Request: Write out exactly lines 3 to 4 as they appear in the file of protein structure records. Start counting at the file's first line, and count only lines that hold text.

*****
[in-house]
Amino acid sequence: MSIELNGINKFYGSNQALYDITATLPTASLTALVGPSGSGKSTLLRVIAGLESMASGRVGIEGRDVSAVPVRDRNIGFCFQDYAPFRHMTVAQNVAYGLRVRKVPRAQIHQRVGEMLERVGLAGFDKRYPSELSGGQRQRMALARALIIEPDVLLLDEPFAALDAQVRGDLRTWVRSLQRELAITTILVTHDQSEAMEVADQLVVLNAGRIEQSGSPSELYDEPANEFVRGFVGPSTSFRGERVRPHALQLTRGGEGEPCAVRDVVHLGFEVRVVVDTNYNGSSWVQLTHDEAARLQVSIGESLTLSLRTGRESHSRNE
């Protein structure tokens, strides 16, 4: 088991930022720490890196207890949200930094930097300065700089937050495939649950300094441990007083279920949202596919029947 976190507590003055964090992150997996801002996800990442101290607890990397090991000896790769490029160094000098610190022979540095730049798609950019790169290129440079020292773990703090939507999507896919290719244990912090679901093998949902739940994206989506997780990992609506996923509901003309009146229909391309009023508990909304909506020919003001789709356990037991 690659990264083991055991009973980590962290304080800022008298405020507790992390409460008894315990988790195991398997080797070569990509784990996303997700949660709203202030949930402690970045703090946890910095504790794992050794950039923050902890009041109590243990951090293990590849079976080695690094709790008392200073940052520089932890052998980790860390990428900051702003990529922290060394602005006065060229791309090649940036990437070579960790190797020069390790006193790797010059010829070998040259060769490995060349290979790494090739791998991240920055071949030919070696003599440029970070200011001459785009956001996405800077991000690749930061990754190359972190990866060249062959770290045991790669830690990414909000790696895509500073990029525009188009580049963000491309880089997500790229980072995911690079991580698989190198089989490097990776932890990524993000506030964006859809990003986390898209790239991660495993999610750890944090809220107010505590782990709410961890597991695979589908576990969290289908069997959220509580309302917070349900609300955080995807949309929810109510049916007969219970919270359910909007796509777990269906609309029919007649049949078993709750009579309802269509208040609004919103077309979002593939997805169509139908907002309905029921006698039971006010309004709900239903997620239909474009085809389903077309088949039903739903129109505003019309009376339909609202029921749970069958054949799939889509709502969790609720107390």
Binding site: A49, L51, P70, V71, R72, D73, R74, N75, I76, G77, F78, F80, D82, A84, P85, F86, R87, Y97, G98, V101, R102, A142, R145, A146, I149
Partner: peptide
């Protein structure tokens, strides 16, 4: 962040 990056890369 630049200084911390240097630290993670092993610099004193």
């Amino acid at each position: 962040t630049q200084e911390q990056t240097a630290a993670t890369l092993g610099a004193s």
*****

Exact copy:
């Protein structure tokens, strides 16, 4: 088991930022720490890196207890949200930094930097300065700089937050495939649950300094441990007083279920949202596919029947 976190507590003055964090992150997996801002996800990442101290607890990397090991000896790769490029160094000098610190022979540095730049798609950019790169290129440079020292773990703090939507999507896919290719244990912090679901093998949902739940994206989506997780990992609506996923509901003309009146229909391309009023508990909304909506020919003001789709356990037991 690659990264083991055991009973980590962290304080800022008298405020507790992390409460008894315990988790195991398997080797070569990509784990996303997700949660709203202030949930402690970045703090946890910095504790794992050794950039923050902890009041109590243990951090293990590849079976080695690094709790008392200073940052520089932890052998980790860390990428900051702003990529922290060394602005006065060229791309090649940036990437070579960790190797020069390790006193790797010059010829070998040259060769490995060349290979790494090739791998991240920055071949030919070696003599440029970070200011001459785009956001996405800077991000690749930061990754190359972190990866060249062959770290045991790669830690990414909000790696895509500073990029525009188009580049963000491309880089997500790229980072995911690079991580698989190198089989490097990776932890990524993000506030964006859809990003986390898209790239991660495993999610750890944090809220107010505590782990709410961890597991695979589908576990969290289908069997959220509580309302917070349900609300955080995807949309929810109510049916007969219970919270359910909007796509777990269906609309029919007649049949078993709750009579309802269509208040609004919103077309979002593939997805169509139908907002309905029921006698039971006010309004709900239903997620239909474009085809389903077309088949039903739903129109505003019309009376339909609202029921749970069958054949799939889509709502969790609720107390």
Binding site: A49, L51, P70, V71, R72, D73, R74, N75, I76, G77, F78, F80, D82, A84, P85, F86, R87, Y97, G98, V101, R102, A142, R145, A146, I149